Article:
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Border Patrol Agents May Freely Search Electronic Devices within 100 Miles of Border

Posted by John Rogers | Feb 22, 2021

A U.S. Appeals Court issued an opinion this week allowing border patrol agents to freely search electronic devices for anyone within a 100 miles from the U.S. border. The scope of the search, the court noted, is in depth and without limitation(s). Moreover, the court constitutionally permits border patrol agents to copy data and search the device(s) without the benefit of a search warrant or probable cause.

The Fourth Amendment to the U.S. Constitution guarantees the right against unreasonable searches and seizures. The U.S. Supreme Court has previously held that government searches into someone's cellular device requires a search warrant or consent from its owner. This case deviates from the long stand rule claiming that electronic searches “do not involve an invasive search of a person,” Justice Sandra Lynch wrote for the United States Court of Appeals for the First Circuit. Namely, Lynch noted, that the government has a higher interest in security at our borders, saying it is “at its zenith.”

Prior law allows limited exceptions to border searches versus government searches occurring well within the United States. Appellate courts have issued conflicting opinions about whether searching electronic devices falls within the border search exception. Its purpose is to allow border patrol agents to locate contraband and unauthorized entrants, but also applies to federal agents working within 100 miles from a U.S. border – an area that covers most metropolitan areas.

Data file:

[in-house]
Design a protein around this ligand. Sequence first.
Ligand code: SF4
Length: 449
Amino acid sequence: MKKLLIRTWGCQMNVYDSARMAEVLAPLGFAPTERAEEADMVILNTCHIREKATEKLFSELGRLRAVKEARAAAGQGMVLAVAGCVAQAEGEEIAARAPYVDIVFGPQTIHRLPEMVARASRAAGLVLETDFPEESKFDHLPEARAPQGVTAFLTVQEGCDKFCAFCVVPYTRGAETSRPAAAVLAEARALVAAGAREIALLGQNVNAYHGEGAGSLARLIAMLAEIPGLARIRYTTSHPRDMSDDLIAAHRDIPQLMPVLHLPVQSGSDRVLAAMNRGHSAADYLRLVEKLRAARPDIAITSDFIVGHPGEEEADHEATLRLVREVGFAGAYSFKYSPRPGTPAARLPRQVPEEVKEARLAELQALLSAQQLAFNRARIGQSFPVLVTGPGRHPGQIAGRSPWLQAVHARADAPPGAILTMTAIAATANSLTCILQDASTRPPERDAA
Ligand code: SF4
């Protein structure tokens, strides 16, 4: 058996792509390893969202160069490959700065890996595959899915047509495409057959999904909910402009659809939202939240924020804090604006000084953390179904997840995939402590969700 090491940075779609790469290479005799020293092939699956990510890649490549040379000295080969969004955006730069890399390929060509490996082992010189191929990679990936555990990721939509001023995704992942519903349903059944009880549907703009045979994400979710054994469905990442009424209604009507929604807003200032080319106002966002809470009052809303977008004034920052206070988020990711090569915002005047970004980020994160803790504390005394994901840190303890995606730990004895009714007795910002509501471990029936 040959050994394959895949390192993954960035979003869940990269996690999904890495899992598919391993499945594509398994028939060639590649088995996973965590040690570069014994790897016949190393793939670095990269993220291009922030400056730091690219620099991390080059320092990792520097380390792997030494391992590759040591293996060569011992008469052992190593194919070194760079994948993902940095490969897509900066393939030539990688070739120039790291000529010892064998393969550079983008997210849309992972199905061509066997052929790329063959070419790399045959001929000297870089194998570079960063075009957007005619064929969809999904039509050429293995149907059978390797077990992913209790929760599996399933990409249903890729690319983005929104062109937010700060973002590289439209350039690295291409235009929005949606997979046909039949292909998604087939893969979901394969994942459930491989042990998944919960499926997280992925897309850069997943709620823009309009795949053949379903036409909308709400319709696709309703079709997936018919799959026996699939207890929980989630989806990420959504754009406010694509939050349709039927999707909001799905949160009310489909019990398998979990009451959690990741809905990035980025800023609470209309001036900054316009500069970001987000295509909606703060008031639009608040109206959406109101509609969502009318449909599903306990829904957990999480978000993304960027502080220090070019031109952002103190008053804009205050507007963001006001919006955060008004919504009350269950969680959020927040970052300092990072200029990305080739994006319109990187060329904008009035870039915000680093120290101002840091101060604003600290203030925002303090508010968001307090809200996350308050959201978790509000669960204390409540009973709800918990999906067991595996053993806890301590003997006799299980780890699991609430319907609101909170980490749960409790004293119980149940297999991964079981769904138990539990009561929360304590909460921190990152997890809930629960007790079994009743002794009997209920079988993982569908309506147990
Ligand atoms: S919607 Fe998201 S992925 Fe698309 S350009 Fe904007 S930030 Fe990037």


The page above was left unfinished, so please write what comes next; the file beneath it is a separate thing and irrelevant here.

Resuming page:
The case arose from a NASA scientist who was detained and pressured to unlock a secure government-issued cellular device. The scientist filed a lawsuit against the government where the ACLU joined.

This case presents an obvious problem for those working as attorneys where the attorney-client privilege is a sacred form confidentiality. A lawyer, for instance, would be subject to the search of their electronic devices at entry ports in the United States. This would include airports and border stops. If any attorney-client information is within those electronic devices, this could be seen has a breach of the confidentiality in the event the government seeks to search the devices. Accordingly, this present a serious concern for anyone working in a field where there is mandatory confidentiality – e.g., therapist, doctors, etc.

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John Rogers

*State Bar Board Certified Specialist in Criminal Law *Top 40 Under 40 by the National Trial Lawyers Association *Selected “Rising Star” by Super Lawyers Magazine *Federal Criminal Defense Representation Nationwide *Personalized Attention & 24/7 Accessibility

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